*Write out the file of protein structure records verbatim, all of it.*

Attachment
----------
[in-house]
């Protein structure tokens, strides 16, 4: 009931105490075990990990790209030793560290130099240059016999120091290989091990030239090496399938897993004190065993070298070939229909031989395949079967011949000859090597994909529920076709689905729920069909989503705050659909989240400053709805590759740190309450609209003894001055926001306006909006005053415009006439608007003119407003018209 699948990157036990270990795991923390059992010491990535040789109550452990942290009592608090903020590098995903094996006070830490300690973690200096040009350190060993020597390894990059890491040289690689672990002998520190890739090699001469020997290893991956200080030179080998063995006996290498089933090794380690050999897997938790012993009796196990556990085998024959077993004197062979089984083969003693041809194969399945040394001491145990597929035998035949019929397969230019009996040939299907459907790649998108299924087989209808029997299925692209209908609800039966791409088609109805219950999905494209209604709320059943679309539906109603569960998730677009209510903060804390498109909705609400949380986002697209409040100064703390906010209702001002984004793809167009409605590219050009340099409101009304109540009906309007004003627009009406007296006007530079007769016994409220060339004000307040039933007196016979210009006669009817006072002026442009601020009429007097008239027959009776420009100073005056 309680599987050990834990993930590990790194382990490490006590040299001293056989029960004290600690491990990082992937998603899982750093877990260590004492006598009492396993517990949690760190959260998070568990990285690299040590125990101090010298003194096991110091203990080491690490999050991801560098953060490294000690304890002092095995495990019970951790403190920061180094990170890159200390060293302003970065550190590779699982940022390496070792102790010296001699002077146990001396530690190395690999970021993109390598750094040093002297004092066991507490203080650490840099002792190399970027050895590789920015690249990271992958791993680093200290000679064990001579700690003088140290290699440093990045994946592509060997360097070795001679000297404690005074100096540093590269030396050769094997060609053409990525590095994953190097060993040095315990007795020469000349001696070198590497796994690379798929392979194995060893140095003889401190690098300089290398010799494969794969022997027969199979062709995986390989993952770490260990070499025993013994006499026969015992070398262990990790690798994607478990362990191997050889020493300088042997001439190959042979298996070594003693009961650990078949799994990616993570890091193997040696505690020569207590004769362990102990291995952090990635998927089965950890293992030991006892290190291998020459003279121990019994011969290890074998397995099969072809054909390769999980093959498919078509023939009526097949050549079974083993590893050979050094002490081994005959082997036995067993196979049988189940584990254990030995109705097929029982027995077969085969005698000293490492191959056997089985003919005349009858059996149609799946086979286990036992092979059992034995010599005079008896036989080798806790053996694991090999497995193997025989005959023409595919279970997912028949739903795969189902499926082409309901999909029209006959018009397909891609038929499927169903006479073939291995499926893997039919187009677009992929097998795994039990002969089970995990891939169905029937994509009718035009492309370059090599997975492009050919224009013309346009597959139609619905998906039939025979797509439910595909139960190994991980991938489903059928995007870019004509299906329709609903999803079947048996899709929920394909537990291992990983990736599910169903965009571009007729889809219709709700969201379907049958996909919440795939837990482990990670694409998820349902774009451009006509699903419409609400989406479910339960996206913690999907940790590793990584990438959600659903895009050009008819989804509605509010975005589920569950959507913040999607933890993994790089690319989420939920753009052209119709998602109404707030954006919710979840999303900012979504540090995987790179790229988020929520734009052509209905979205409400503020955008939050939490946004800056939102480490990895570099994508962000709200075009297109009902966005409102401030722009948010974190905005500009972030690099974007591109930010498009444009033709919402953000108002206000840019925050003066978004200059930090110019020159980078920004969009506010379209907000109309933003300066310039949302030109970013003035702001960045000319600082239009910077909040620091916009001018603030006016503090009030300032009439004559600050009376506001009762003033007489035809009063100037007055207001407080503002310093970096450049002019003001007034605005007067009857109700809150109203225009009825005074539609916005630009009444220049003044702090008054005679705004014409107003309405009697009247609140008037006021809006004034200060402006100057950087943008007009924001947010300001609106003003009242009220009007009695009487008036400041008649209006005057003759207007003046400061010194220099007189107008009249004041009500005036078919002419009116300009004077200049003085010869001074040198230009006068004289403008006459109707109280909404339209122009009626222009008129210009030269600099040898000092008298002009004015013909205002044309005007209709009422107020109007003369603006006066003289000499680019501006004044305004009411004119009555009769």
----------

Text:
[in-house]
């Protein structure tokens, strides 16, 4: 009931105490075990990990790209030793560290130099240059016999120091290989091990030239090496399938897993004190065993070298070939229909031989395949079967011949000859090597994909529920076709689905729920069909989503705050659909989240400053709805590759740190309450609209003894001055926001306006909006005053415009006439608007003119407003018209 699948990157036990270990795991923390059992010491990535040789109550452990942290009592608090903020590098995903094996006070830490300690973690200096040009350190060993020597390894990059890491040289690689672990002998520190890739090699001469020997290893991956200080030179080998063995006996290498089933090794380690050999897997938790012993009796196990556990085998024959077993004197062979089984083969003693041809194969399945040394001491145990597929035998035949019929397969230019009996040939299907459907790649998108299924087989209808029997299925692209209908609800039966791409088609109805219950999905494209209604709320059943679309539906109603569960998730677009209510903060804390498109909705609400949380986002697209409040100064703390906010209702001002984004793809167009409605590219050009340099409101009304109540009906309007004003627009009406007296006007530079007769016994409220060339004000307040039933007196016979210009006669009817006072002026442009601020009429007097008239027959009776420009100073005056 309680599987050990834990993930590990790194382990490490006590040299001293056989029960004290600690491990990082992937998603899982750093877990260590004492006598009492396993517990949690760190959260998070568990990285690299040590125990101090010298003194096991110091203990080491690490999050991801560098953060490294000690304890002092095995495990019970951790403190920061180094990170890159200390060293302003970065550190590779699982940022390496070792102790010296001699002077146990001396530690190395690999970021993109390598750094040093002297004092066991507490203080650490840099002792190399970027050895590789920015690249990271992958791993680093200290000679064990001579700690003088140290290699440093990045994946592509060997360097070795001679000297404690005074100096540093590269030396050769094997060609053409990525590095994953190097060993040095315990007795020469000349001696070198590497796994690379798929392979194995060893140095003889401190690098300089290398010799494969794969022997027969199979062709995986390989993952770490260990070499025993013994006499026969015992070398262990990790690798994607478990362990191997050889020493300088042997001439190959042979298996070594003693009961650990078949799994990616993570890091193997040696505690020569207590004769362990102990291995952090990635998927089965950890293992030991006892290190291998020459003279121990019994011969290890074998397995099969072809054909390769999980093959498919078509023939009526097949050549079974083993590893050979050094002490081994005959082997036995067993196979049988189940584990254990030995109705097929029982027995077969085969005698000293490492191959056997089985003919005349009858059996149609799946086979286990036992092979059992034995010599005079008896036989080798806790053996694991090999497995193997025989005959023409595919279970997912028949739903795969189902499926082409309901999909029209006959018009397909891609038929499927169903006479073939291995499926893997039919187009677009992929097998795994039990002969089970995990891939169905029937994509009718035009492309370059090599997975492009050919224009013309346009597959139609619905998906039939025979797509439910595909139960190994991980991938489903059928995007870019004509299906329709609903999803079947048996899709929920394909537990291992990983990736599910169903965009571009007729889809219709709700969201379907049958996909919440795939837990482990990670694409998820349902774009451009006509699903419409609400989406479910339960996206913690999907940790590793990584990438959600659903895009050009008819989804509605509010975005589920569950959507913040999607933890993994790089690319989420939920753009052209119709998602109404707030954006919710979840999303900012979504540090995987790179790229988020929520734009052509209905979205409400503020955008939050939490946004800056939102480490990895570099994508962000709200075009297109009902966005409102401030722009948010974190905005500009972030690099974007591109930010498009444009033709919402953000108002206000840019925050003066978004200059930090110019020159980078920004969009506010379209907000109309933003300066310039949302030109970013003035702001960045000319600082239009910077909040620091916009001018603030006016503090009030300032009439004559600050009376506001009762003033007489035809009063100037007055207001407080503002310093970096450049002019003001007034605005007067009857109700809150109203225009009825005074539609916005630009009444220049003044702090008054005679705004014409107003309405009697009247609140008037006021809006004034200060402006100057950087943008007009924001947010300001609106003003009242009220009007009695009487008036400041008649209006005057003759207007003046400061010194220099007189107008009249004041009500005036078919002419009116300009004077200049003085010869001074040198230009006068004289403008006459109707109280909404339209122009009626222009008129210009030269600099040898000092008298002009004015013909205002044309005007209709009422107020109007003369603006006066003289000499680019501006004044305004009411004119009555009769």